Open the PDF file for “House Memo To Senate 1.18.20” in your browser at the link below or click the “Download” button to download the file to your device.
December 16, 2019
Updated 12/16/19. Use to track the House’s Trump impeachment inquiry, investigations, transcript releases, opening statements and Trump’s obstruction. This chart details how Trump’s obstruction has from the outset delayed House investigations, including the impeachment inquiry. The chart chronicles the actions taken by House committees, the people involved, their responses and the ultimate outcomes since House Dems took power in January of 2019. House Dems deserve credit for engaging in what will become the most complex investigation of presidential misconduct in American history. However, as the chart demonstrates, the degree to which Trump has succeeded in hampering their efforts and ultimately delaying the impeachment process has been shocking. The current version of this useful and unique document is “Chart: Trump Obstruction of Ten Months of House Investigations.” You can easily view it by following the directions below. Depending upon the type of browser you are using, you will either immediately see the PDF in your browser (especially if you are using Google Chrome coupled to Adobe Acrobat, or the PDF will download to your device). Please provide feedback or report problems to Defeat Trump at https://twitter.com/Defeat_Trump2.
Open the PDF file for “Chart: Trump Obstruction of Ten Months of House Investigations” in your browser at the link below or click the “Download” button to download the file to your device.
December 4, 2019
Prof. Gerhardt explains how a strong Senate dissent can weaken a Trump acquittal. Call your senators and urge them to read Professor Gerhardt’s law review article on this website and to use it as a guide in drafting a blockbuster dissent to a Trump acquittal that will forever document the disastrous presidency that resulted in Trump’s impeachment (Professor of Law Michael J. Gerhardt testified before the House Judiciary Committee regarding the Trump impeachment on December 4, 2019.)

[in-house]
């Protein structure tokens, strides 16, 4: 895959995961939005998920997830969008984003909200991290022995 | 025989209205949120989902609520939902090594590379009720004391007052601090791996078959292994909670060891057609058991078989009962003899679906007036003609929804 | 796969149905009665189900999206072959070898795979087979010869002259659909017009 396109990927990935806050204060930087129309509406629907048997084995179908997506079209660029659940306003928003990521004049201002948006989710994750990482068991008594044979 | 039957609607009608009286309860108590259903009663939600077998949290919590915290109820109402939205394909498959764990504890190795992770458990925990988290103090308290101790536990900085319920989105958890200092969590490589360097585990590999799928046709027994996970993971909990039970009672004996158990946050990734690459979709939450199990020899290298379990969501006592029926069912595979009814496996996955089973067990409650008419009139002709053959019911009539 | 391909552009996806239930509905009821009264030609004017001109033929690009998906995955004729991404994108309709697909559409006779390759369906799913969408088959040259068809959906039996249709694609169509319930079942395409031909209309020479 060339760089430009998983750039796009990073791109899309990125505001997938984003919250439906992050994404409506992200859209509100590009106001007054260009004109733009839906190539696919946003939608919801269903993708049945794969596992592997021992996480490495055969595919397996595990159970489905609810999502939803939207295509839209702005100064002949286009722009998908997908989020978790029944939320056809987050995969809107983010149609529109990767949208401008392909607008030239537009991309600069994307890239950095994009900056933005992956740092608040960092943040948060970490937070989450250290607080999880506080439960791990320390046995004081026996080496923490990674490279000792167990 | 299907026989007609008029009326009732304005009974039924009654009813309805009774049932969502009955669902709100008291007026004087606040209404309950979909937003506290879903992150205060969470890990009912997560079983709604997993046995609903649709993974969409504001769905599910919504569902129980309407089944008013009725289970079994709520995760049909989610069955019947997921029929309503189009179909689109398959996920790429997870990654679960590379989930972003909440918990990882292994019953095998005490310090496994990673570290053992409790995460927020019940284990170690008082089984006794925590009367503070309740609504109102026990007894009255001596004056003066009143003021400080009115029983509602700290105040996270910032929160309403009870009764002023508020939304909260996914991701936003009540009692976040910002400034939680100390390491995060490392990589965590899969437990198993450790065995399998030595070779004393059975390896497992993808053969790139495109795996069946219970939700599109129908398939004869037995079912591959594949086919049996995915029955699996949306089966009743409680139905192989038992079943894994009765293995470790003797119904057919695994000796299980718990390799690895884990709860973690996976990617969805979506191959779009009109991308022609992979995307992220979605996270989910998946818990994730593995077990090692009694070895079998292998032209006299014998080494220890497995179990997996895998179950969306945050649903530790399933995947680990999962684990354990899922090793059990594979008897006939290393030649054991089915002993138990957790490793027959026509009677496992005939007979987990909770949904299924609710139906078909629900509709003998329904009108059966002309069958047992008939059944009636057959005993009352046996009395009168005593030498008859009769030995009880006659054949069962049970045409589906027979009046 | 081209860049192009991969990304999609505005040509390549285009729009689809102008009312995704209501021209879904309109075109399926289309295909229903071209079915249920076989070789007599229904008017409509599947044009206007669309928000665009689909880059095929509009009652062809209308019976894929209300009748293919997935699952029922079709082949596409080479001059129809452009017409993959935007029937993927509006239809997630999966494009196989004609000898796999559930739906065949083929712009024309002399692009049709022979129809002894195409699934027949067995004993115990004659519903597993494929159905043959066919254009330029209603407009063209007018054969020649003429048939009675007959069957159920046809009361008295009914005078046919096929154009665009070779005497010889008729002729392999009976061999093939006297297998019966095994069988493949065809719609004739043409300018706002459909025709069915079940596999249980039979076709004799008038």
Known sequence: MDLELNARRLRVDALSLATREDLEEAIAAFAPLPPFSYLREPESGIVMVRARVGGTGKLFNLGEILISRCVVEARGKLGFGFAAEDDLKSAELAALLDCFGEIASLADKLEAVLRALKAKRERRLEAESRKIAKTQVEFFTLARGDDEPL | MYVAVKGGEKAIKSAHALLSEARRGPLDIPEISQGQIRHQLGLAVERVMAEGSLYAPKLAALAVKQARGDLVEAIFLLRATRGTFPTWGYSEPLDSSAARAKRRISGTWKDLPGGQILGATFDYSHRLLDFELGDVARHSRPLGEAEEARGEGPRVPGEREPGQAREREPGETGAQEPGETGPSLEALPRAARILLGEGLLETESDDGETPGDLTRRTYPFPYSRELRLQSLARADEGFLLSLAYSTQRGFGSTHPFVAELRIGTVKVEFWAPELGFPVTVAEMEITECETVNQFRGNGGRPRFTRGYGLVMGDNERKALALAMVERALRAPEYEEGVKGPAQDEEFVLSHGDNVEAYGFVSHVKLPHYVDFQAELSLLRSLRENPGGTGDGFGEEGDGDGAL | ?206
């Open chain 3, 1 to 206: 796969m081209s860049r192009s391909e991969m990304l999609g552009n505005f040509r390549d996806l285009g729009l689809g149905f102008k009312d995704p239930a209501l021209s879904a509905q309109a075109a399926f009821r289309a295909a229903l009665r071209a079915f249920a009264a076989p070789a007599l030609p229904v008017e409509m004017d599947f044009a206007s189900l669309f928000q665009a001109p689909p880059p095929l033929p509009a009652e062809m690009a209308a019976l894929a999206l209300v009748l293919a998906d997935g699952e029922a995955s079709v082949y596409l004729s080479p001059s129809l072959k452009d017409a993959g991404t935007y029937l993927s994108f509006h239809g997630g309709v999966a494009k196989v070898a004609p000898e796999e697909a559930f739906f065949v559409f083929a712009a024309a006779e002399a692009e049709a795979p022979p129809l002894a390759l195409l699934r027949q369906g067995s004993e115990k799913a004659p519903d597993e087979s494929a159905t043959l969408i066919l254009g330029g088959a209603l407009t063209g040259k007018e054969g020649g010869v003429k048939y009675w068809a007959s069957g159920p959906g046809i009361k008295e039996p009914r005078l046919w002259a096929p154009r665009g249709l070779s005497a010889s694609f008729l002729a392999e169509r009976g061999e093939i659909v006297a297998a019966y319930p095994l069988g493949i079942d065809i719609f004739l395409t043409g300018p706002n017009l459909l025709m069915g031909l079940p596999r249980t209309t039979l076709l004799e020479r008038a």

Open the PDF file for “Dissent in the Senate 1.20.18” in your browser at the link below or click the “Download” button to download the file to your device.
April 18, 2019
At the end of this text find a downloadable and searchable PDF file of the fully redacted Mueller Report, including both Volume I and Volume II (the only version released to the public so far). The Mueller Report is by now famous, but it is a complex document arising from very unusual historical circumstances. For those who wish to understand it more fully, we offer this helpful explanation which originally appeared in Vox: “Special counsel Robert Mueller released his report Thursday — and it’s nowhere near the “total exoneration” President Donald Trump claims.
The 448-page report is
split into two “volumes”: one chronicling the many ties between Trump’s
campaign and Russia, and another outlining 10 “episodes” where Mueller said
there was potential evidence of obstruction.
Here are the two main findings: First, Mueller found no criminal conspiracy between the president’s team and Moscow. Second, while Mueller declined to recommend charges against Trump, he found several instances where the president tried to influence or shut down the investigation — obstructing justice in all but name. (Click on “Continue Reading” to finish the article and to scroll to the downloadable Mueller Report.)
Continue reading “The Mueller Report (Fully Redacted Version; Searchable)”